"Why not," Ganzorig said, donning his Blurgah mask. With the strength of the two combined, they made quick work of the pile. Behind it was a small, simple wooden door.

     Wai Ren grinned. "Right this way," he said as he opened the door and escorted them inside. The passageway beyond was so small that Wai Ren had to duck and Ganzorig resorted to moving on all fours. It was long and dark, lit only by the occasional dormant fire mote living in a wall alcove.

     "What is this place?" Min asked, her whisper echoing on the barren stone.

     "One of many secret passages into the palace," Wai Ren said. "When you are royalty, it is always wise to have plenty of escape routes. I did some snooping when I was stationed here in the capital. Looks like it’s paid off."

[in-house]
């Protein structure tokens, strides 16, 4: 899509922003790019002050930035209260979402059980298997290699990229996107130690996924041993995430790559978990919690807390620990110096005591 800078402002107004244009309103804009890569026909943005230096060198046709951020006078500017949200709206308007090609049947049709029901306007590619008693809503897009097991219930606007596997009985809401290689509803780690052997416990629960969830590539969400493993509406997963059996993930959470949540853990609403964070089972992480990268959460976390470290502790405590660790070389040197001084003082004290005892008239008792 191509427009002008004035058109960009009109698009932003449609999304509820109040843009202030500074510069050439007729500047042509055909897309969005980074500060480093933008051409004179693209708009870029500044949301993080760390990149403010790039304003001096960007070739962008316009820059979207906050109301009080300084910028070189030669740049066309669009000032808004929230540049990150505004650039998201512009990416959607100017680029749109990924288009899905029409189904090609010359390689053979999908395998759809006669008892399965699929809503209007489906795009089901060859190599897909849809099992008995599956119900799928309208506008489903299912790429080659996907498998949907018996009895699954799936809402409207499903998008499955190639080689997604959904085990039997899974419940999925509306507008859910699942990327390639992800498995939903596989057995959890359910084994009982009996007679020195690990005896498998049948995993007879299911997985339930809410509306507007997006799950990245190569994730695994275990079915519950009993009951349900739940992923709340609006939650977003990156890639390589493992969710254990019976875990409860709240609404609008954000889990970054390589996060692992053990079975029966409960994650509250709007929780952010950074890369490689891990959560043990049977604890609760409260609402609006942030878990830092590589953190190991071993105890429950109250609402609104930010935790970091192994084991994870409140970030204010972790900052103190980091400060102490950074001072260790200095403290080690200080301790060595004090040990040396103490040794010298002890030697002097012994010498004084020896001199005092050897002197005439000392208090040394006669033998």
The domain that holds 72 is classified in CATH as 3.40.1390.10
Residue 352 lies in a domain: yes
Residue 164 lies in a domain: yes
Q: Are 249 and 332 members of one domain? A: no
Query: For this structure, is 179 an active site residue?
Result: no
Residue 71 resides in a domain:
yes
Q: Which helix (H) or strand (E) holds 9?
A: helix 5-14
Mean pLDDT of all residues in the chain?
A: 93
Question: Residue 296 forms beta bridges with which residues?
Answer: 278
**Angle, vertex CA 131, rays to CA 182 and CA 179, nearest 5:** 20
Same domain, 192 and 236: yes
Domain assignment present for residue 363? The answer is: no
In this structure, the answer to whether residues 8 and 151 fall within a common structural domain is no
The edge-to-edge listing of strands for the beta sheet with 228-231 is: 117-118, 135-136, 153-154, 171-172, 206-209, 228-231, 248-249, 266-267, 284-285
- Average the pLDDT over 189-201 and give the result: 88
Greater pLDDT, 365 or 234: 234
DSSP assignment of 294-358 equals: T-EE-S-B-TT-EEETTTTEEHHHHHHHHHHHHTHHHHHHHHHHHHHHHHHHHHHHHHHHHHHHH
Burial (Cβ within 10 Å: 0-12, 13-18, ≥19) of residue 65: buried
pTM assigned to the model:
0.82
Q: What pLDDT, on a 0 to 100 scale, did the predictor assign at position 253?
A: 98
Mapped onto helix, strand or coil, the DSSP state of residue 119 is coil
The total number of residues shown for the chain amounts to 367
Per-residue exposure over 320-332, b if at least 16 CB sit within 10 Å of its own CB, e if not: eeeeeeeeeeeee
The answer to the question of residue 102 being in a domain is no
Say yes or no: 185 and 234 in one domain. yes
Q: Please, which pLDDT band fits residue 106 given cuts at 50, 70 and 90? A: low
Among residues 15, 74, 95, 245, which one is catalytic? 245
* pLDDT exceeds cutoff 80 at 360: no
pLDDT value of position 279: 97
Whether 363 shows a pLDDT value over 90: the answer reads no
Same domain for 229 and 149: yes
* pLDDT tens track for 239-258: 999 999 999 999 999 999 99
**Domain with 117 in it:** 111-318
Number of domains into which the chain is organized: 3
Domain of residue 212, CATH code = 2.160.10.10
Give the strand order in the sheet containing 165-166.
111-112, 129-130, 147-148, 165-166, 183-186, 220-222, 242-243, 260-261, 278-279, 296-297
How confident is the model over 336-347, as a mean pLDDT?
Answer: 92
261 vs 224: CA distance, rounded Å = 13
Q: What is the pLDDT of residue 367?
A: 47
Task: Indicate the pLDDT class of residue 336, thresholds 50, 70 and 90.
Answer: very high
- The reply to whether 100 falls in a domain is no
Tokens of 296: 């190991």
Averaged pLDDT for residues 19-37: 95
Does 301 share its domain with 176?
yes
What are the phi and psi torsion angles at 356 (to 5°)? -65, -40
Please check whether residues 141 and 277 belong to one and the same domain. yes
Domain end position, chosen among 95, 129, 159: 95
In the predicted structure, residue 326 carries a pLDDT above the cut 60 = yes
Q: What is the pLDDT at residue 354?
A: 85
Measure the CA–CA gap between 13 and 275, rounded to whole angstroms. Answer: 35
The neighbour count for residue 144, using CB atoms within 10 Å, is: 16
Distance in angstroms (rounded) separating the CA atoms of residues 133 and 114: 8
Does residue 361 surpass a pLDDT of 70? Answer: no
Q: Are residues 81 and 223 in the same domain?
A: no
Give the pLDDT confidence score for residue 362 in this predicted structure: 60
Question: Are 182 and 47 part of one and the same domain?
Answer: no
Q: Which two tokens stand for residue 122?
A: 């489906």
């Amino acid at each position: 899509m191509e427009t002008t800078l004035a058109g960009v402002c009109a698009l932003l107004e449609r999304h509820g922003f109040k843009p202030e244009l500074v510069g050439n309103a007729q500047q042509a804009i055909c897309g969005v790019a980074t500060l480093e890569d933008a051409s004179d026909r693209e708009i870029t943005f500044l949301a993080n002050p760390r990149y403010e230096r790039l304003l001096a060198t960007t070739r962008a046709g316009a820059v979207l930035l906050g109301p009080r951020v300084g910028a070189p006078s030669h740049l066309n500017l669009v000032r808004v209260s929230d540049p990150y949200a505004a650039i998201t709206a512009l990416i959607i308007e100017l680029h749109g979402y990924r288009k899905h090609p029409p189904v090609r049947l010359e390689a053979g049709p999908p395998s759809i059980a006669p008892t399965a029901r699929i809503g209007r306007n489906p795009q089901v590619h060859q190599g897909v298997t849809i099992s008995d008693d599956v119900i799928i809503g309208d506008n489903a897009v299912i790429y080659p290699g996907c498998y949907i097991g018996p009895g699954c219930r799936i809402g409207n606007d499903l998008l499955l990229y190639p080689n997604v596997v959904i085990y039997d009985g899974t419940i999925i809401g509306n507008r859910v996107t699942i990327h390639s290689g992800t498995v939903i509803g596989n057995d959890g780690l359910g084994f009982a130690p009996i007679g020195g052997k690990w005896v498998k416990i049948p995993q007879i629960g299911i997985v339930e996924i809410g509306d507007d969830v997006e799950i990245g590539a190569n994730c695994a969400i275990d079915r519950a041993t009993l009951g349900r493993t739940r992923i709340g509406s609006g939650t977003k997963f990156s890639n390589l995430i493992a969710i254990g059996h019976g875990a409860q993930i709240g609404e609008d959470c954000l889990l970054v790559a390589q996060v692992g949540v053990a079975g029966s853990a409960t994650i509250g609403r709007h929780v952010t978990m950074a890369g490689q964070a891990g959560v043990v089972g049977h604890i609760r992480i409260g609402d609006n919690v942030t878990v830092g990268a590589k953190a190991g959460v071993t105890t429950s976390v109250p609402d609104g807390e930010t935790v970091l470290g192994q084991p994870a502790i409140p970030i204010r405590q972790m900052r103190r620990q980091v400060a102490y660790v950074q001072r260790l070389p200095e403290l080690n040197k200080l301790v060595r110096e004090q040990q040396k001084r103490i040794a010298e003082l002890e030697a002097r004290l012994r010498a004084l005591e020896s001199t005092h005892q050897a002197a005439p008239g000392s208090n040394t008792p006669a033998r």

Gradually the passage began to slant upward, and then they reached another unassuming door. Here, Wai Ren stopped and turned to his friends. "I’m going to create an army now," he said. "This is where I’ll need your help. Creating and maintaining my soldiers drains my energy, and it’ll be even worse when I’m summoning them from a distance like I must do now. I’ll do my best to fight, but can I rely on you to watch my back?"

     "Of course," Min said. "Don’t worry, I’ve got you covered."

     "As do we," Eunji said, and Ganzorig nodded.

     The Kougra smiled. "Thank you, friends," he said. "Here goes." Kneeling down, he planted his paws on the stone floor, closed his eyes, and drew a deep breath. His shoulders jerked as though he was trying to tug something from the floor, and the fur on his tail bushed out as his whiskers trembled.